In lifting it from the foam, the scope’s sheer size becomes evident; it’s as large as modern riflescopes get with its 56 mm objective lens, giant controls, 34 mm main tube, 14.3" length and significant 36-oz. weight. Yet, there’s a reason for its tube size, and that’s to maximize its adjustment range and accommodate larger, more durable components. It features 100 m.o.a. (29.6 mils) elevation and 50 m.o.a. (14.5 mils) windage. For comparison, Trijicon’s 30 mm tube AccuPower scopes have an 80-m.o.a. adjustment range, while its 1" tubes have 60. While any light-gaining advantages of a 30 mm vs. 34 mm are questionable given similar exit pupil diameters—a result of objective diameter divided by magnification—the extra weight of the thick 34 mm tube adds a negligible few ounces when it’s atop a 12- to 20-lb. rifle that’s locked in sandbags, but its added adjustment range and durability will be appreciated. Plus, 34 mm tubes are trendy in the heavy-tactical market wherein Trijicon now wishes to play.

On close inspection of the scope’s underside, you’ll notice two inscriptions. One reveals the unit’s model number then the reference MICAH 7:8. That Bible passage reads: “Rejoice not over me, O my enemy; when I fall, I shall rise; when I sit in darkness, the Lord will be a light to me.” While a similar inscription landed the company in some controversy a decade ago with the liberal media and the issue it had pertaining to separation of church and state and the company’s government contract, I do not take it so seriously, and, in fact, I think the verse’s reference to the company’s illuminated products is rather witty.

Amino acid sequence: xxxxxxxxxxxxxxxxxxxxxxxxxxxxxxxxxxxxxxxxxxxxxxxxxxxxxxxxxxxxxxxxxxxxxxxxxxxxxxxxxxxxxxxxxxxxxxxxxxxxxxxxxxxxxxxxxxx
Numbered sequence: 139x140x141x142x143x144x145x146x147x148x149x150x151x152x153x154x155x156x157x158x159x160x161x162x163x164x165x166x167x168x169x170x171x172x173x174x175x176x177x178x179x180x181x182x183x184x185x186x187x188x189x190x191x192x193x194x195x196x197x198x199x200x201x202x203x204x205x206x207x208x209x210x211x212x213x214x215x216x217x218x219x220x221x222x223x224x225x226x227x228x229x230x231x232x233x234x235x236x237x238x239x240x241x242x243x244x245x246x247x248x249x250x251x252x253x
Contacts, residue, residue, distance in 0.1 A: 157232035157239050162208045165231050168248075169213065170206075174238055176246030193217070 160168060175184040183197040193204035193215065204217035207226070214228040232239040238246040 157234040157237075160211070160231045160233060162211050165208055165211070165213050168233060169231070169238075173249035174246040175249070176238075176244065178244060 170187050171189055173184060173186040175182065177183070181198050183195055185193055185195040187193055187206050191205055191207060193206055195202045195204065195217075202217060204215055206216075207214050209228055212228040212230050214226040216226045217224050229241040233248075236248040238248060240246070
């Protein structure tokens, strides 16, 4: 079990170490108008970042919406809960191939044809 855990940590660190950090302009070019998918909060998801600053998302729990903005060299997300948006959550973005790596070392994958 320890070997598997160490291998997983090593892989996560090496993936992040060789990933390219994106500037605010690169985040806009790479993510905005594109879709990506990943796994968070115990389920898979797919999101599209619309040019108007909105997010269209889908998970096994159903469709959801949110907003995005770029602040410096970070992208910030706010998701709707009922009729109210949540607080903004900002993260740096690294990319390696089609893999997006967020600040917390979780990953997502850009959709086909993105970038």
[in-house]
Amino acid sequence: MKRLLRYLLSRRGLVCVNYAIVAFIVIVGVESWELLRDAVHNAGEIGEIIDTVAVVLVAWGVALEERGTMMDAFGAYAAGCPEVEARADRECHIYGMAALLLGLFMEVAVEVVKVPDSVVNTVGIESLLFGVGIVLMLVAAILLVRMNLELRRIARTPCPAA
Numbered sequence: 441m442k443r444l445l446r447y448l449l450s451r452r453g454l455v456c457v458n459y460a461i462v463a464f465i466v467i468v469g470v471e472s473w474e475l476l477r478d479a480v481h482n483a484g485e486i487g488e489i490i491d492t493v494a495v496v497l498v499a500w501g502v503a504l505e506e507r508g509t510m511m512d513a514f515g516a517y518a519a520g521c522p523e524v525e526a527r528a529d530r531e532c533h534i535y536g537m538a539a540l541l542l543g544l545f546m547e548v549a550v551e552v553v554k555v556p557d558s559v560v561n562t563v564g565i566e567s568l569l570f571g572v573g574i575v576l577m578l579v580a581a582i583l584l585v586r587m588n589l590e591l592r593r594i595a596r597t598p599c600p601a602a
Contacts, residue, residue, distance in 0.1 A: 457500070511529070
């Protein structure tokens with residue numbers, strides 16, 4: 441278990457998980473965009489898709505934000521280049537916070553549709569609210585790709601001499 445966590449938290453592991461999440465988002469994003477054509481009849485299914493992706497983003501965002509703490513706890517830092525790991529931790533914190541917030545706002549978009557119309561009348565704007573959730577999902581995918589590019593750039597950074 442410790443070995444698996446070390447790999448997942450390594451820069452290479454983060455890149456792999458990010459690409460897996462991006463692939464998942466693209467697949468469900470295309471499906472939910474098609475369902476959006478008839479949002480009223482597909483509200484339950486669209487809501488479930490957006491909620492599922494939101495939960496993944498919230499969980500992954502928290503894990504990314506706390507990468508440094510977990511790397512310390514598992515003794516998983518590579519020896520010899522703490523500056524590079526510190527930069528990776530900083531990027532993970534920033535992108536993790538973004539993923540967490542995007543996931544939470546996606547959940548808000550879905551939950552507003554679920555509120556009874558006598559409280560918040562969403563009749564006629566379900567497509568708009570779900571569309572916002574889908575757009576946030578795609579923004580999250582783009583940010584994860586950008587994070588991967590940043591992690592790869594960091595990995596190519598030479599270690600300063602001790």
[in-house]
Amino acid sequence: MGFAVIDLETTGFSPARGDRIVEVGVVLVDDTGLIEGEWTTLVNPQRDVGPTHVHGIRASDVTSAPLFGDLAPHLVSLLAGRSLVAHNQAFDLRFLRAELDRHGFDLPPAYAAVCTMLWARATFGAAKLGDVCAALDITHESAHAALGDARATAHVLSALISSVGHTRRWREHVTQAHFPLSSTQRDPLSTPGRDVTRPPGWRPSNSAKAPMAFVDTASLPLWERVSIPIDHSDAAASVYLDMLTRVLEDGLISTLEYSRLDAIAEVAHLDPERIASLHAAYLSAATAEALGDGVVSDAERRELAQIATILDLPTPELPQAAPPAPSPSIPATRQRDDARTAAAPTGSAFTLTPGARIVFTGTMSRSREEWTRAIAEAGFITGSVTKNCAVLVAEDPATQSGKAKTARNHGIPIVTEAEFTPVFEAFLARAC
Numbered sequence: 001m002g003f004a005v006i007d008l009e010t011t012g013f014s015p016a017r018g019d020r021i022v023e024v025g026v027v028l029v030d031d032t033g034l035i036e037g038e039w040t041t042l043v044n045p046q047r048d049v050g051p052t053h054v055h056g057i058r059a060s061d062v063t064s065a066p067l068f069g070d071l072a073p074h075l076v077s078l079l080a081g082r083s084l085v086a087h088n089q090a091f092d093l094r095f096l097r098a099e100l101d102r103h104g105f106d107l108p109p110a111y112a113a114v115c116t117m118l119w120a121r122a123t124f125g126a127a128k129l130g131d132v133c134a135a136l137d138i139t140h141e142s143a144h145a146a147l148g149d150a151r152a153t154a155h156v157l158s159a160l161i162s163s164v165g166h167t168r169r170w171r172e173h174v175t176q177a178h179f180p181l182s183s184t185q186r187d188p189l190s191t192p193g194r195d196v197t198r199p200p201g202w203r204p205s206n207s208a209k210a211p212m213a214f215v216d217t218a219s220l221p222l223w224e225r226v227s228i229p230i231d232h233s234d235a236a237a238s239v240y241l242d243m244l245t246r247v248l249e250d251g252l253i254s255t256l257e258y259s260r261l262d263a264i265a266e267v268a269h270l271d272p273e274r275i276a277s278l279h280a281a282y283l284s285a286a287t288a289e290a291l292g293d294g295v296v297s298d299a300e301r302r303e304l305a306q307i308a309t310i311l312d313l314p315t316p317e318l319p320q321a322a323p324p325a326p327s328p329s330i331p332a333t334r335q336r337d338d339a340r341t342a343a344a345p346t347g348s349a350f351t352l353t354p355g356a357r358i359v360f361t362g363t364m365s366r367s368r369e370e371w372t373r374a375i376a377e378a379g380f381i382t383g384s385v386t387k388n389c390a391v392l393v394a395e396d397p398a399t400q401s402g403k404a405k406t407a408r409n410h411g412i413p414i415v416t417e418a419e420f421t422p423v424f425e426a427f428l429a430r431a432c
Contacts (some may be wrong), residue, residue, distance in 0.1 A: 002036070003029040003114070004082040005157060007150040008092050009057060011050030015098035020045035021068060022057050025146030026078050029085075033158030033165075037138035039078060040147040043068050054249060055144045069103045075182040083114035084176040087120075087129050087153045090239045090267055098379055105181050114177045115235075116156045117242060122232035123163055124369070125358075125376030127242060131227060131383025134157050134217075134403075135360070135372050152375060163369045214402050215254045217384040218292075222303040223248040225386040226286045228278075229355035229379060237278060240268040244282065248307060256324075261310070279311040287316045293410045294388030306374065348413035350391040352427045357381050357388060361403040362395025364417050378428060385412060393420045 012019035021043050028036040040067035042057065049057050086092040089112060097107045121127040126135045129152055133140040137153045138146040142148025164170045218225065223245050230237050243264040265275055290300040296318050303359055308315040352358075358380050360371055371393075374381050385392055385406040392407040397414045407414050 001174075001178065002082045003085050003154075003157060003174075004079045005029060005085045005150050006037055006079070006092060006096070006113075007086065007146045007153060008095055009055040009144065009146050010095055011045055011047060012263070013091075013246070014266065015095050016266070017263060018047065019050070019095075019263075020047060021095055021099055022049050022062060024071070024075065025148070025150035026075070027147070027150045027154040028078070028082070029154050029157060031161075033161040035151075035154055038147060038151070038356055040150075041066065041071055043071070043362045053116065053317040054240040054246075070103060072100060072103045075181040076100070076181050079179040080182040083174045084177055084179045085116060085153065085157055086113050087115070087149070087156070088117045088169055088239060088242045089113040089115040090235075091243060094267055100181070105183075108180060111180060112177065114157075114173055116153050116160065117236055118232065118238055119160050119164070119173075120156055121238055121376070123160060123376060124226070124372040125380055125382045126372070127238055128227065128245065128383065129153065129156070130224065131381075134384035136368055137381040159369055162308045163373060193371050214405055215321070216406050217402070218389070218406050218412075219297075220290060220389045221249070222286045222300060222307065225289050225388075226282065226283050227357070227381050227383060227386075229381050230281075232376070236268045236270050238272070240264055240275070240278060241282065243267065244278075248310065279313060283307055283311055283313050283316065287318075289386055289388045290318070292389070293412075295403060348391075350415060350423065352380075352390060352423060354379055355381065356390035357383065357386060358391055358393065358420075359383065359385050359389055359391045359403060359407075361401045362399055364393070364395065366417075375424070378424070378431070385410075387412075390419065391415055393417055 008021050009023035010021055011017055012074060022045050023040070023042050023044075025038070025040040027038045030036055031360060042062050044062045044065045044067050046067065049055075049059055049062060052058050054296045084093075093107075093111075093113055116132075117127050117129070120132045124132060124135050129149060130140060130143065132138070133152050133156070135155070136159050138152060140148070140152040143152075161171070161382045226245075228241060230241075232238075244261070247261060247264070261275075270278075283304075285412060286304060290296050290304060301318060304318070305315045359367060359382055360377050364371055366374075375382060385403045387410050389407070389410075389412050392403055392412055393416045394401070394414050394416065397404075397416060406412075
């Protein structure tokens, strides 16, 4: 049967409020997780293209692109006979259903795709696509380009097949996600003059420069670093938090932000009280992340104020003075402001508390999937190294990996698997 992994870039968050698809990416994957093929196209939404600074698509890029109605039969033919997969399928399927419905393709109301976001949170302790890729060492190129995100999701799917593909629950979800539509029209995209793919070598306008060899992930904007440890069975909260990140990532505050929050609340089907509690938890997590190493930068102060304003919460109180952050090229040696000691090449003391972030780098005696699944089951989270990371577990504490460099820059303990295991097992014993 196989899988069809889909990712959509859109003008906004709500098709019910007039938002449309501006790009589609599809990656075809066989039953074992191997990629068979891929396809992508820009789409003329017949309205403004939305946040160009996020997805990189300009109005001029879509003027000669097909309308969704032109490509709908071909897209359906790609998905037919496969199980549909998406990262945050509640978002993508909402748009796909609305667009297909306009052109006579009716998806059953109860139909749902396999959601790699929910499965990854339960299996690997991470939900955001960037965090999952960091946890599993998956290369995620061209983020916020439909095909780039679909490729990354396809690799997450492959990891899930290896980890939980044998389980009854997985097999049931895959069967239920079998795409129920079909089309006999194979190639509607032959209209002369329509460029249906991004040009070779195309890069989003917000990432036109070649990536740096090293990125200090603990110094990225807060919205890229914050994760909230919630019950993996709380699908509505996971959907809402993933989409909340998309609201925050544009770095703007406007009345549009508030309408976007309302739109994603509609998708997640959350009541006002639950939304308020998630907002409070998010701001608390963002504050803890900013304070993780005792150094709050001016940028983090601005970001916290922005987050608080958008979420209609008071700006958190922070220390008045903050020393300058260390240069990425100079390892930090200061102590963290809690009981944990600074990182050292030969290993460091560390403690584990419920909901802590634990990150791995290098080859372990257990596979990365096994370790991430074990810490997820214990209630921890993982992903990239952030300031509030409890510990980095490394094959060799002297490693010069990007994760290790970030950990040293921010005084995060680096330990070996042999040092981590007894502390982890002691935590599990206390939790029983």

Secondly is the inscription “Made in Japan.” To be clear, most of Trijicon’s optics are 100-percent engineered, made and assembled at its Wixom facility in the United States. Some parts of its AccuPower and AccuPoint products, however, are sourced from Japan then assembled in the United States. Trijicon feels this gives American consumers the best of both worlds, considering Japan’s wonderful reputation for producing precision magnified optics at a reasonable cost while then ensuring Trijicon’s own quality control by assembling them here. This way the company says it can produce top-quality products with Trijicon’s lifetime warranty while saving some material and production costs. The reality is many other top-end optics companies often source from Japan, too, and it’s how this scope can compete against the top-end tactical scopes from Kahles, Leupold, Zeiss and others, but remain less expensive.